Daniels anchored a movie’s greatness, balancing the pretense and cruelness of his character with a stealthy, knowing charisma that kept us watching no matter how much we despised him. In a sadly overlooked, overwhelmingly funny movie, Downey illustrated why Hollywood’s never quite been able to quit him, with a smart and wildly entertaining turn as a thief-turned-actor-turned-sleuth.
Meanwhile, Gyllenhaal may have gotten his first Oscar nomination for the wrong movie. His performance in Brokeback Mountain was just as a pattern within Ang Lee’s magnificent paintings. Mendes called on Gyllenhaal as much more of a fulcrum to Jarhead, and he delivered unfailingly.
Best Leading Actress:
These awards tend to go to roles with heavy accents, disfiguring makeup, graphic sex with Billy Bob Thornton, or Judi Dench giving the exact same performance for the umpteenth time. But for those who like the meal more than the garnish, it’s a Laura Linney world, and she delivered again this year in her laughing but tormented turn opposite Daniels.
Bello might be too classically good looking to get the credit she deserves, but she almost never disappoints. This year she excelled in the role of a wife who learns of her husband’s dark past and must deal with the consequences. Toni Collette embodied everything that made In Her Shoes worthwhile; she was funny, understated, and soulful. The same goes for July, who wore many hats in making Me and You, but reflected the greater project with her childlike, but headstrong performance.
Best Supporting Actor:
George Clooney put on lots of weight and had his fingernails ripped off to be nominated for his wonderful performance in Syriana. But for a movie that painfully lacked subtlety other than its nifty plot construction, Damon deserves credit. He took an equally pivotal role and performed it to modestly fit the ensemble. Eisenberg broke out in his role as Daniels and Linney’s oldest son. To be so funny, so smart, and stand up so ably to the elder actors is quite an accomplishment.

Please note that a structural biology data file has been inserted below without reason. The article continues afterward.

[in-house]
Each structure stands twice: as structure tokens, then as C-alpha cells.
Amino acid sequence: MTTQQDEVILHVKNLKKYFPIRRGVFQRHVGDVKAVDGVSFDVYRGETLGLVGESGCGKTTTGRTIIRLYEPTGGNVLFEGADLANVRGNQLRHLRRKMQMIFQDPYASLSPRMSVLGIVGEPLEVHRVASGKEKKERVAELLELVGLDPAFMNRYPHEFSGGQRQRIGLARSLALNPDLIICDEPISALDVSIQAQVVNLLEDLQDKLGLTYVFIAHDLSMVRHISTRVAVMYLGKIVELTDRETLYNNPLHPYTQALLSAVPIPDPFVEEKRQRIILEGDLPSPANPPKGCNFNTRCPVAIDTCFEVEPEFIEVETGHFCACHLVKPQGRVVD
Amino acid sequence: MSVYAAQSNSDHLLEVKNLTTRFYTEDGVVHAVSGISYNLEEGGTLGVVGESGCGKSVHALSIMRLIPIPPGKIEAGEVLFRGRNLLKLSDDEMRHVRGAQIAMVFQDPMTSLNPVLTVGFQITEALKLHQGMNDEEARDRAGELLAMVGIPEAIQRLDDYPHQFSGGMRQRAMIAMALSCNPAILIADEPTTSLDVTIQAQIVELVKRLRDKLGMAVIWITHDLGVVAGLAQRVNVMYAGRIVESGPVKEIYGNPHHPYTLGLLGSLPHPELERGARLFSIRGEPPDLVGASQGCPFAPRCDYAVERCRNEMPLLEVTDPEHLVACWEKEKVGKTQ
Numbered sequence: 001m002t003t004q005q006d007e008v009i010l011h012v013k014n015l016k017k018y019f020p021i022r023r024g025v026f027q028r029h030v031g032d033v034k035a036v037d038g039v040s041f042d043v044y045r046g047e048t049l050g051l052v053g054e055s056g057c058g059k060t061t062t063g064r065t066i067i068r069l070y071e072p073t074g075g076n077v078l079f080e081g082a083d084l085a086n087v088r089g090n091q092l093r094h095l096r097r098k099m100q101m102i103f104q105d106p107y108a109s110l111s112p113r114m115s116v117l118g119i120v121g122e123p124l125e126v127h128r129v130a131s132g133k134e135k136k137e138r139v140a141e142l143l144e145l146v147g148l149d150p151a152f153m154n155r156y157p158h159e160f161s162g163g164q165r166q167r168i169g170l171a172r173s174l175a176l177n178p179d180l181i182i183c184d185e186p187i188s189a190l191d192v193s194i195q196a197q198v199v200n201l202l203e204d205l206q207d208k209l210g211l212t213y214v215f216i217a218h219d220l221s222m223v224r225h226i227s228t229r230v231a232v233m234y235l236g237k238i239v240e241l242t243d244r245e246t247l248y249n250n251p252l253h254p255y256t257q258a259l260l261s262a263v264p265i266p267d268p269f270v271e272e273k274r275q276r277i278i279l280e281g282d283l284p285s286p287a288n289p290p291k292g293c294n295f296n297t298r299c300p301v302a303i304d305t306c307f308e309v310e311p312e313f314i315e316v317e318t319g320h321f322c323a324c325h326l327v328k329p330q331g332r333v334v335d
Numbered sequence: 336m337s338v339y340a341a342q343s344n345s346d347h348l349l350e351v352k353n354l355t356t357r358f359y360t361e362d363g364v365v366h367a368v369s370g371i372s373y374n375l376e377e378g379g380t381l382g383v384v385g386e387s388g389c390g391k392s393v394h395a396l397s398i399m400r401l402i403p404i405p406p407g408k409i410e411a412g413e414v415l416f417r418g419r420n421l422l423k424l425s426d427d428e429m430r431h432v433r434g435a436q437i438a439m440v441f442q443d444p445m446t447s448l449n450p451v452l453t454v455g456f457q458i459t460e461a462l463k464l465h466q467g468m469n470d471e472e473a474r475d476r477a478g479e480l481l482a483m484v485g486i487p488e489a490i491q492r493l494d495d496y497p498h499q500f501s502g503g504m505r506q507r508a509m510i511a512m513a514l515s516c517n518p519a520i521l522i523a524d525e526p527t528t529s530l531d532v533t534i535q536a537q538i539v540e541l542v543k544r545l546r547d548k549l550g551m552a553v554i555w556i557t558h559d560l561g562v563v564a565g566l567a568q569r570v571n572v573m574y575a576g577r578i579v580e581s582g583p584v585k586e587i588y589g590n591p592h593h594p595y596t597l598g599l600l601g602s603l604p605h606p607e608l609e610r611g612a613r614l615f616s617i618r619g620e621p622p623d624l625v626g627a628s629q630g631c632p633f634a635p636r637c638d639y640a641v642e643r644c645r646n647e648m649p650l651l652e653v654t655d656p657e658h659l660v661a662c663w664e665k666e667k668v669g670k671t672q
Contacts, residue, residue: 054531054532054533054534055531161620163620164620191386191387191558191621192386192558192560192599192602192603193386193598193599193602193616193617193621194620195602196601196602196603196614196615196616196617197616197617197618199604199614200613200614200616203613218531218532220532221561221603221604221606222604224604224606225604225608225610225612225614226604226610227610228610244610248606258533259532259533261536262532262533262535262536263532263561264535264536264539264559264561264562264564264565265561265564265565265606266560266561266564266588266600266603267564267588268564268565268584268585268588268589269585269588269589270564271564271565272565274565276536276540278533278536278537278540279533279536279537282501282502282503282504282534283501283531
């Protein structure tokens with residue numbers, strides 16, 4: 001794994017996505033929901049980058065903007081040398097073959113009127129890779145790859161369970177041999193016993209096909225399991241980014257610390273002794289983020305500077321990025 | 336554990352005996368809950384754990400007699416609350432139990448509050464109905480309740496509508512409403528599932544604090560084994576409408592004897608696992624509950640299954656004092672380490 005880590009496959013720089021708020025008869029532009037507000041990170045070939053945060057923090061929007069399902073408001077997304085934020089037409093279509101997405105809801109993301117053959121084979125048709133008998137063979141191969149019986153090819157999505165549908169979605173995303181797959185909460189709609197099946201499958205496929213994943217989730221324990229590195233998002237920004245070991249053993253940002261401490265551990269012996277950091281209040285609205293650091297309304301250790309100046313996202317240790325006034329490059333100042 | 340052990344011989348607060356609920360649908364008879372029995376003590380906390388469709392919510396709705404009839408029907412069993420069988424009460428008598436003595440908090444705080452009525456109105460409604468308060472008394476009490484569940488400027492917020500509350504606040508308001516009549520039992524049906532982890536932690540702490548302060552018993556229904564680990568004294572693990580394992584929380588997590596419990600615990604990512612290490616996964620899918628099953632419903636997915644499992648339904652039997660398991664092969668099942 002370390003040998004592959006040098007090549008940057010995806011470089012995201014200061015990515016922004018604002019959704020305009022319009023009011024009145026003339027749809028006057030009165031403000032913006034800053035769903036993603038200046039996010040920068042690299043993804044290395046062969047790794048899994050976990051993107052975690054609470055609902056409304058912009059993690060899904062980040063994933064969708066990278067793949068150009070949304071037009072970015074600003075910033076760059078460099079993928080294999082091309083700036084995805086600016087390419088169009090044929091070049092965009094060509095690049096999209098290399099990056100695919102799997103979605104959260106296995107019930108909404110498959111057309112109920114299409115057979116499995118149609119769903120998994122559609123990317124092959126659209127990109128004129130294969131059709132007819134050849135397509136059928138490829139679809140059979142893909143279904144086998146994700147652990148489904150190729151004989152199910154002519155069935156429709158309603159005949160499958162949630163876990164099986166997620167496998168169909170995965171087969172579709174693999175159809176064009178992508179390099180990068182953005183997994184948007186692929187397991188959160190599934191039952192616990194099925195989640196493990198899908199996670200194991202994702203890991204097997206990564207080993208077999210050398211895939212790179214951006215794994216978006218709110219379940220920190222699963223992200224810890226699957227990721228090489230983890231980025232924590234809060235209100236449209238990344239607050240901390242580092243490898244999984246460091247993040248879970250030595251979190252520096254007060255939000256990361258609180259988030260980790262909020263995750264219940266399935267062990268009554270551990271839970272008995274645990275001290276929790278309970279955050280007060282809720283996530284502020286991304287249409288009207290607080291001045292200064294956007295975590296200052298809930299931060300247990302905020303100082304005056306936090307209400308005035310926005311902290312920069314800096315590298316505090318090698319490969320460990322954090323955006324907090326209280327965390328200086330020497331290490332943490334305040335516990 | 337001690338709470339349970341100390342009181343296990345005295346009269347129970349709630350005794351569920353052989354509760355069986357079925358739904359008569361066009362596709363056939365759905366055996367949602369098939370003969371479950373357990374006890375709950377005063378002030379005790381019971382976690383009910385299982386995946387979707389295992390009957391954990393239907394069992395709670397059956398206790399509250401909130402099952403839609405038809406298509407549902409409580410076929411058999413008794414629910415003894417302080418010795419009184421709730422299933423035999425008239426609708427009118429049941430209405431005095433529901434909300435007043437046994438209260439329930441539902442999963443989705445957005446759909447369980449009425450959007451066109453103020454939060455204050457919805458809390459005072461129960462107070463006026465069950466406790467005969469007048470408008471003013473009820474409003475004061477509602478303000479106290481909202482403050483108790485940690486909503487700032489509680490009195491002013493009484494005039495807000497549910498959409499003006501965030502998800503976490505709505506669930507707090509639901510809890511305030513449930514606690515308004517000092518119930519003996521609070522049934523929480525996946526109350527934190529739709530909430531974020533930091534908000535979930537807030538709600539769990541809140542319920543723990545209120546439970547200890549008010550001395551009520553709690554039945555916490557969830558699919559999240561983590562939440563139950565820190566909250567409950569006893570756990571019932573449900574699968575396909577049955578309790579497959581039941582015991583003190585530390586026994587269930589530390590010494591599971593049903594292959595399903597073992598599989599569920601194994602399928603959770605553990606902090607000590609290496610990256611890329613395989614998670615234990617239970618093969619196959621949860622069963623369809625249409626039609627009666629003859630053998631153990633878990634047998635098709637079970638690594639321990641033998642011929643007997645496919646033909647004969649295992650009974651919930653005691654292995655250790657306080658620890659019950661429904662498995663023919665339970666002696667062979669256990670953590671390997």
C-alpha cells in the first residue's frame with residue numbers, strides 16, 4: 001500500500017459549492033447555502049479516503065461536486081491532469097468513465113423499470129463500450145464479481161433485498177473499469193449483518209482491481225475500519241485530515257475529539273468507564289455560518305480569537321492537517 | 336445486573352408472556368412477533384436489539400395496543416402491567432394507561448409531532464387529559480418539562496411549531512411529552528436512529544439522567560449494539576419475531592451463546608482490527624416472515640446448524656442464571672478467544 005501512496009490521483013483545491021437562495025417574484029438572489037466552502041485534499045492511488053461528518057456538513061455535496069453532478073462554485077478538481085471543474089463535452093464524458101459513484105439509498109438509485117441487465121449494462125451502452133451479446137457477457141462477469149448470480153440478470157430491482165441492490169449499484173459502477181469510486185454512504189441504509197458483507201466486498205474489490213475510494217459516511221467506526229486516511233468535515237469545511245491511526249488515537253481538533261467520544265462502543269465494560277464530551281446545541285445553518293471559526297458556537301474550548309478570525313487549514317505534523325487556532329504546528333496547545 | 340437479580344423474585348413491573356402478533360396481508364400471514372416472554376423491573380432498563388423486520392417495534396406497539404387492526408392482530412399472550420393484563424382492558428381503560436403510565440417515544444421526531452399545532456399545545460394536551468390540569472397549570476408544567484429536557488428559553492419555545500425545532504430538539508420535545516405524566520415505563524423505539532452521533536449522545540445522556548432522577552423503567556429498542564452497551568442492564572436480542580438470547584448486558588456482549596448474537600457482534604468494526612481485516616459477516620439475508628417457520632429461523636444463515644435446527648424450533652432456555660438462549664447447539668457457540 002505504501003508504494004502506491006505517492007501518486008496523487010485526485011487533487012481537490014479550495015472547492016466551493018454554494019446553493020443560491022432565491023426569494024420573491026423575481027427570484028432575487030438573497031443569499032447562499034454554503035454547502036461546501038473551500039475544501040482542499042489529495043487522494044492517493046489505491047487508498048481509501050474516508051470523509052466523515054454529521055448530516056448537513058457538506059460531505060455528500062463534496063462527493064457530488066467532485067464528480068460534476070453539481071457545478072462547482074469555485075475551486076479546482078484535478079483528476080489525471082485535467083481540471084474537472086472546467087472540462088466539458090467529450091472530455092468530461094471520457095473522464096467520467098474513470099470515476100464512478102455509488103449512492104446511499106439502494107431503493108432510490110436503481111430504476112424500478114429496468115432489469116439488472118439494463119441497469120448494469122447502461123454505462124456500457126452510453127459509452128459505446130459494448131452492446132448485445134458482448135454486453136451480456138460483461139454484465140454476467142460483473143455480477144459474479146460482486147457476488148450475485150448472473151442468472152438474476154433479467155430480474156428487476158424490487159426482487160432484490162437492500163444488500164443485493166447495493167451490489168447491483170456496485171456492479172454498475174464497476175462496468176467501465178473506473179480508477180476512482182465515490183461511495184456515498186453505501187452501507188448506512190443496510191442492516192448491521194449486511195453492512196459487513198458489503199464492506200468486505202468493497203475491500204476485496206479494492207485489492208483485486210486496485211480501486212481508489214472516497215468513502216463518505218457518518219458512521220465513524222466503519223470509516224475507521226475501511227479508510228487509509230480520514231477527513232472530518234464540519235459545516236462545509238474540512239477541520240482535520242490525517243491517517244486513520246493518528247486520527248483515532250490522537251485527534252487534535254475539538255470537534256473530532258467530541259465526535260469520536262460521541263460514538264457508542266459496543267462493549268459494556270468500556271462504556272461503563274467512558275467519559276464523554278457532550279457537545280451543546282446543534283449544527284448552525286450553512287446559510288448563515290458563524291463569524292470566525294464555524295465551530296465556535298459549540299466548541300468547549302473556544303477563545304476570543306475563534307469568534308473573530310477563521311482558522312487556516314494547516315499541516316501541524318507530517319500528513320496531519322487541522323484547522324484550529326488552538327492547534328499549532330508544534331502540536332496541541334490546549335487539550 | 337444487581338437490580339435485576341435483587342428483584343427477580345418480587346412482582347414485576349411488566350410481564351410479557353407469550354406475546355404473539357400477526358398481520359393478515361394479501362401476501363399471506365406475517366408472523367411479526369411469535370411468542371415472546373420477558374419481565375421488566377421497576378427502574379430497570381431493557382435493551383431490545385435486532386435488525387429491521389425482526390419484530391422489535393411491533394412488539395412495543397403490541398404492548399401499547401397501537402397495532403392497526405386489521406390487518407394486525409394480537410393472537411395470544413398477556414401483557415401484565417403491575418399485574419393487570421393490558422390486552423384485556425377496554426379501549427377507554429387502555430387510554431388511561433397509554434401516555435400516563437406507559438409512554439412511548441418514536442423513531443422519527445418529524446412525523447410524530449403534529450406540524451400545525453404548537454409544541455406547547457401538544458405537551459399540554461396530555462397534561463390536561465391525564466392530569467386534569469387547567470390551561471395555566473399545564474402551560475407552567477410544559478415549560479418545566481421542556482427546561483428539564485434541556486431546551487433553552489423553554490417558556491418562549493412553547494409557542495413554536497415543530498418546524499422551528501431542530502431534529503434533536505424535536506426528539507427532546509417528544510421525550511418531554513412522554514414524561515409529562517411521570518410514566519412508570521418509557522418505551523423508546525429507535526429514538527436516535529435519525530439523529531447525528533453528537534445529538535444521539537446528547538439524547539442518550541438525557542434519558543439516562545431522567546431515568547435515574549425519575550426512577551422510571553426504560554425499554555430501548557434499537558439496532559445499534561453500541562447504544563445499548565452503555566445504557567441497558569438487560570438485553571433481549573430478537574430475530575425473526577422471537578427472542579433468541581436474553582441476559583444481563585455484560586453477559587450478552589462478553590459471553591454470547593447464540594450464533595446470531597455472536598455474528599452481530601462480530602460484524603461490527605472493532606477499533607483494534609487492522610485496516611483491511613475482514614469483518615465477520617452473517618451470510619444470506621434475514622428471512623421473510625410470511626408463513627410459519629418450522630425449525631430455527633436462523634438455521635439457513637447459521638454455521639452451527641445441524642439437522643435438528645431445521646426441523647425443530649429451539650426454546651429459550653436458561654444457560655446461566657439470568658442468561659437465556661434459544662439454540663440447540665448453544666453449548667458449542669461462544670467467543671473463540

Mickey Rourke was both witty and menacing in a genuinely strange role that captured everything wonderful about Sin City. Sarsgaard, though, was the best. His lack of Oscar nomination is befuddling. His track record is hot and cold, but he played a character profoundly on the edge of losing it with none of the ‘actorly’ excess typical of such roles. It was the year’s best supporting performance.
Best Supporting Actresses:
Standing next to a turn from Pierce Brosnan that made his James Bond work look understated, it would be easy to lose Davis if she weren’t so quietly expressive and so funny, even in the film’s straightest role. Q’Orianka Kilcher is the find of the year as the girl whose smile and cadence carry The New World‘s stunning, ethereal remembrances of love.
While most noticed Maclaine in 2005 for going down with the Hindenburg that was Rumor Has It, she had already given a lesson in poise and nuance with her role as Collette and Cameron Diaz’s regret-stricken grandmother in In Her Shoes.
Then there’s Mortimer, the greatest essayer of meek and vulnerable, but substantive women the silver screen currently knows. She was the strong undertow to the flashier waves of Scarlett Johansson in Allen’s masterpiece.
Perhaps the greatest lesson of looking into the shadows and trying to recognize the year’s other best work is that we end up piling nominations onto the same few cinematic bandwagons just as much as the Oscars do. There’s nothing wrong with that. The Academy will mostly reward performances from Capote and Walk the Line in the crevices of an evening dominated by Brokeback Mountain. And deservedly so.
But maybe we can hope that as Ang Lee is swept away by an avalanche of praise, there will be just a few eyes turned to cinema’s own little version of the NIT, and to 2005’s diverse coterie of under-heralded treasures like Match Point, Jarhead, The Squid and the Whale, and Me and You and Everyone We Know.
Published at: http://www.popmatters.com/pm/column/posner060301/